In time, it would help all of Cleveland’s schools to better provide the high quality education that every child in the city deserves. By focusing laser-like on school performance, regardless of school type (district and charter alike), it would reward and encourage the expansion and replication of great schools while putting much needed pressure on those schools that don’t (district and charter alike) to improve or get lost.
The Jackson Plan’s sense of urgency is well warranted. Despite laudable school reform efforts in Cleveland over the years - including a highly touted transformation plan in early 2010 put forth by then superintendent Eugene Sanders, and largely crafted by current district head Eric Gordon – the city has struggled to educate its children to a high standard. In fact, student achievement in Cleveland is still painfully low (only 30 percent of fifth graders are proficient in math,
Chester E. Finn, Jr. / February 9, 2012
Earlier this week, the Koret Task Force of Stanford’s Hoover Institution, which I have the privilege of chairing, issued a bold proposal (primarily crafted by Russ Whitehurst) for totally rebooting the federal role in primary-secondary education.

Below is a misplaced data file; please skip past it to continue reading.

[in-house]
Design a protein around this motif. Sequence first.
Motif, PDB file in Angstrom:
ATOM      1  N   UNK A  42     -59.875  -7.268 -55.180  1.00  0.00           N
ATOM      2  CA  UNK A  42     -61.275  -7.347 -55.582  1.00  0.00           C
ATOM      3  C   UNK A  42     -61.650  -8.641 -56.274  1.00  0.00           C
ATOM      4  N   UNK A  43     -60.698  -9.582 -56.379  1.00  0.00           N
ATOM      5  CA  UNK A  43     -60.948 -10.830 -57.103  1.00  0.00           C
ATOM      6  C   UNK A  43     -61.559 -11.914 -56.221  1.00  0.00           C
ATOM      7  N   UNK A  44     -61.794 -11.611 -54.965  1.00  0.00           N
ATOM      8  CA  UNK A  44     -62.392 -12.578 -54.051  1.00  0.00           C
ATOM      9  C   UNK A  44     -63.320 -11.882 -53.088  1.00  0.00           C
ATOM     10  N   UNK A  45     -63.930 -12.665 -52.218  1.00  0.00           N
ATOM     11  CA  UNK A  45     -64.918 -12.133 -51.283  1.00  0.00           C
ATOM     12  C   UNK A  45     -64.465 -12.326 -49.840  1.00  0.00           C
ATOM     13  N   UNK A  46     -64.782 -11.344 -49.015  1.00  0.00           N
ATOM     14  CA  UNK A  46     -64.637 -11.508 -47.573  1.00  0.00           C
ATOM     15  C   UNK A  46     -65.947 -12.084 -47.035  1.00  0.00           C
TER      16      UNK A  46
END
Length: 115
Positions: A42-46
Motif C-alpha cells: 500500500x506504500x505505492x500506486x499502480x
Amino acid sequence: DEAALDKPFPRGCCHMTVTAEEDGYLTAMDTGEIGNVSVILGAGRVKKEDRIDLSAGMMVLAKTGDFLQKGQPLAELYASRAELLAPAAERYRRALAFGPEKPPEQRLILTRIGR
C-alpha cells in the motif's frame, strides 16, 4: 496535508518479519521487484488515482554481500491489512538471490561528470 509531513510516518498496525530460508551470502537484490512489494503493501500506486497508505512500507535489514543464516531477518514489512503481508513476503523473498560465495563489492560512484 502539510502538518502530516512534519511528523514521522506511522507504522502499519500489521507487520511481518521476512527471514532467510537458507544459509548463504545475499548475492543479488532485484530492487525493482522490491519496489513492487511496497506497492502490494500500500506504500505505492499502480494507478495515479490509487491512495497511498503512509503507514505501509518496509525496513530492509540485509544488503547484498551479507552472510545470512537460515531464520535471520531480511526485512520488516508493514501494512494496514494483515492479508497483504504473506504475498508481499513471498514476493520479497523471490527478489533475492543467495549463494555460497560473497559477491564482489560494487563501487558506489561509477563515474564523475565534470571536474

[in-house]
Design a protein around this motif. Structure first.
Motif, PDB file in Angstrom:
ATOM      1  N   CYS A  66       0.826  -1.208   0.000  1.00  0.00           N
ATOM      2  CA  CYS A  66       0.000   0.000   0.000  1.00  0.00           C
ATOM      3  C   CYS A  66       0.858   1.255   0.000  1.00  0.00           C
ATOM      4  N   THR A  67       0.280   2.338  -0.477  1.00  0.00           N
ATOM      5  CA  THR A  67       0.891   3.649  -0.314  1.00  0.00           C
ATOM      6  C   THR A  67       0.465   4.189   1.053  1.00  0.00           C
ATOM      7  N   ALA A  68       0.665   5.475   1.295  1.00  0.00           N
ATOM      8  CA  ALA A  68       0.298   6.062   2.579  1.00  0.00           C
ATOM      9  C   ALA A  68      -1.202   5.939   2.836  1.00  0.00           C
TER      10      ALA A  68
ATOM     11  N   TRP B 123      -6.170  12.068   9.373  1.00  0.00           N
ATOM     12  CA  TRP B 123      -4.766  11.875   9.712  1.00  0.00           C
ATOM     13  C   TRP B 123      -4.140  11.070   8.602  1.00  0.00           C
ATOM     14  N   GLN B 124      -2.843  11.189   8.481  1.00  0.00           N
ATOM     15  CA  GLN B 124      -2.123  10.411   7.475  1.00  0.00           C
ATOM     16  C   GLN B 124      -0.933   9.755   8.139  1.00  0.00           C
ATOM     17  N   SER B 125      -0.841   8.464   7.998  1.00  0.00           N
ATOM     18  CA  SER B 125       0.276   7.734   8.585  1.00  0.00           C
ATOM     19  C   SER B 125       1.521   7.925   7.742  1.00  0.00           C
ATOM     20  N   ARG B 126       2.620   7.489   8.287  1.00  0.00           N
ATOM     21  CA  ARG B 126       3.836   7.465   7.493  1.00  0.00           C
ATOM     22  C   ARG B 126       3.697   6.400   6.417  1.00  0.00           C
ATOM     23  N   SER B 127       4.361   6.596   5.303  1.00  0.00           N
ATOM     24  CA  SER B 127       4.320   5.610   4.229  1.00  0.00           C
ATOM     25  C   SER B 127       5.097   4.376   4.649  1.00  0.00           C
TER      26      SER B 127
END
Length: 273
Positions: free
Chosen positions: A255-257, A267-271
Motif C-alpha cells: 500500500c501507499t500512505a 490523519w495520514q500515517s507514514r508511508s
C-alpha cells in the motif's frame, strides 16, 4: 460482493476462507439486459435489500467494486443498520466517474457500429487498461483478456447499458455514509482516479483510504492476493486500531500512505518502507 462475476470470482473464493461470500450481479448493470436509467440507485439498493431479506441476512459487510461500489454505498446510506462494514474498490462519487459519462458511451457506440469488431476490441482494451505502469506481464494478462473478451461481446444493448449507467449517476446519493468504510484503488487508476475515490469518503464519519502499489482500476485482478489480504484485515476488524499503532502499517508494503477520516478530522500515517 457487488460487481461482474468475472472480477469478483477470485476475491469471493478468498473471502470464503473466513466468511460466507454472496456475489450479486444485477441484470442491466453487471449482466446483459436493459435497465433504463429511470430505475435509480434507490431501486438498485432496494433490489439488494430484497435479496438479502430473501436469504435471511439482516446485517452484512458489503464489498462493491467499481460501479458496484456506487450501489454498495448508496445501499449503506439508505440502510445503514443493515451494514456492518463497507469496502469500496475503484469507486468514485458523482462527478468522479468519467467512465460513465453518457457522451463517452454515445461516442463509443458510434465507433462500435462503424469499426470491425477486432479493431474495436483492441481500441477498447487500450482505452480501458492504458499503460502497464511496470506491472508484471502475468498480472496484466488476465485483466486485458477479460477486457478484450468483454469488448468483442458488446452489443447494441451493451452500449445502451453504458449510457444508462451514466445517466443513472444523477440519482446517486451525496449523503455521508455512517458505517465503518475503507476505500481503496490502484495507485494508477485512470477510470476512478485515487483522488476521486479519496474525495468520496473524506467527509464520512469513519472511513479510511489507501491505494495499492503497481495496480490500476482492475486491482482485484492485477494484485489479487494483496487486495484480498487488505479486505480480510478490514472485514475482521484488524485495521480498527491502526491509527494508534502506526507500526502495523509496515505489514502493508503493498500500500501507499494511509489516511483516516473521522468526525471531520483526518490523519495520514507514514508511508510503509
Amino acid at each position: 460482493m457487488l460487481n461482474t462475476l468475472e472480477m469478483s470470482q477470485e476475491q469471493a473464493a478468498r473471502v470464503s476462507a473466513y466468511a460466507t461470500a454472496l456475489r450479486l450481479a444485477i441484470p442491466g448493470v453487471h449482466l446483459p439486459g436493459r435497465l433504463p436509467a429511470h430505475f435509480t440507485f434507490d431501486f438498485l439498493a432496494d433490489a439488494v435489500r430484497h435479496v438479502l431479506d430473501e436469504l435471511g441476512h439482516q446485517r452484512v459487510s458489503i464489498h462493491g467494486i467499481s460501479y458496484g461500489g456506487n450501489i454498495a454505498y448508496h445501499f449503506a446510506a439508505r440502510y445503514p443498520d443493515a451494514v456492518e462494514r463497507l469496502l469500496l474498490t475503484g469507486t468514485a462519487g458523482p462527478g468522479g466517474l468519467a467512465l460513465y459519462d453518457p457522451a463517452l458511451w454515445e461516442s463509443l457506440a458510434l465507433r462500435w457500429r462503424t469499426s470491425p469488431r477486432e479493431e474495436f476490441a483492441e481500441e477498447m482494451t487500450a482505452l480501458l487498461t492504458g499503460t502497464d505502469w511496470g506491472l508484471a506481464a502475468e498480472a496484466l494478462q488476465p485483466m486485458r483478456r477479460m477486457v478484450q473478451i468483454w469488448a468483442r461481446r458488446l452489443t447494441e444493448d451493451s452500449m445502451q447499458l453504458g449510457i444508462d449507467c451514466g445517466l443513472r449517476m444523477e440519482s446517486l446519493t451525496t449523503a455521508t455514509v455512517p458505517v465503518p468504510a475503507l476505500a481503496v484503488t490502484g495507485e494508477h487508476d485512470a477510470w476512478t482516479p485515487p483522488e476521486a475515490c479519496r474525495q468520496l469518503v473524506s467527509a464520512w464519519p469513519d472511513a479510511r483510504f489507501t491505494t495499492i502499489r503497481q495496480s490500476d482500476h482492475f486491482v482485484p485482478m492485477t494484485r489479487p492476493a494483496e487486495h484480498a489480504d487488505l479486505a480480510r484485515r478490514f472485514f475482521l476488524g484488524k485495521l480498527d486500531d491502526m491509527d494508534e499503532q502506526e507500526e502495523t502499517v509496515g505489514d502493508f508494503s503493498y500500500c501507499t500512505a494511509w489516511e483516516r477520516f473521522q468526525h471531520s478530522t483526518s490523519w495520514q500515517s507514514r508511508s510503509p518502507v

Washington insiders will, of course, dismiss it as “politically unrealistic” precisely because it is so sweeping and radical. Maybe it will turn out to be. But with ESEA reauthorization in stalemate, the parties at loggerheads, and a total breakdown of the former “consensus” painfully visible, perhaps a sweeping, radical reboot is precisely what is most needed. States that find this reboot appealing can follow the Task Force’s proposal. States that prefer some version of the status quo may stick with it.
The Task Force begins by explaining why neither top-down accountability (à la NCLB) nor total devolution of authority to states and districts can rekindle American education and boost student achievement. Both have been tried—and both have been found sorely wanting.
What to do instead? The Task Force offers a very different approach grounded on two time-honored (and well-proven) American principles: federalism and choice.
But federalism doesn’t mean traditional “local control,” because so many school districts are captives of special interests. Rather, “vibrant, open competition among the providers of education services for students and the funds that accompany them must go hand in hand with federalism.”
And parents must have quality education choices for their children, choices about which they’re well informed. They also must be able to afford these choices, possible